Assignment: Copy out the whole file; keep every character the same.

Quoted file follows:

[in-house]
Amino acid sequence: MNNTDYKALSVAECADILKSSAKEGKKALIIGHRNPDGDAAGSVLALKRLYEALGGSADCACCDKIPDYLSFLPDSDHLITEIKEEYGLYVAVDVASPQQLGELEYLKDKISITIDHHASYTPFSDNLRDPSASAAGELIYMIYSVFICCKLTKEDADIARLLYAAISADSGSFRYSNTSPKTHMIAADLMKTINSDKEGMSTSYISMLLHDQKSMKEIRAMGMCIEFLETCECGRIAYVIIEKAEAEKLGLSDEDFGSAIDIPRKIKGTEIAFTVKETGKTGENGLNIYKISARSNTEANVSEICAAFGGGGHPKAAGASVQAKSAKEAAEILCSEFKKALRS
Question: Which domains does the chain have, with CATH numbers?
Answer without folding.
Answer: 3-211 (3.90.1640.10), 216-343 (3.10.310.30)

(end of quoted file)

[in-house]
Amino acid sequence: MNNTDYKALSVAECADILKSSAKEGKKALIIGHRNPDGDAAGSVLALKRLYEALGGSADCACCDKIPDYLSFLPDSDHLITEIKEEYGLYVAVDVASPQQLGELEYLKDKISITIDHHASYTPFSDNLRDPSASAAGELIYMIYSVFICCKLTKEDADIARLLYAAISADSGSFRYSNTSPKTHMIAADLMKTINSDKEGMSTSYISMLLHDQKSMKEIRAMGMCIEFLETCECGRIAYVIIEKAEAEKLGLSDEDFGSAIDIPRKIKGTEIAFTVKETGKTGENGLNIYKISARSNTEANVSEICAAFGGGGHPKAAGASVQAKSAKEAAEILCSEFKKALRS
Question: Which domains does the chain have, with CATH numbers?
Answer without folding.
Answer: 3-211 (3.90.1640.10), 216-343 (3.10.310.30)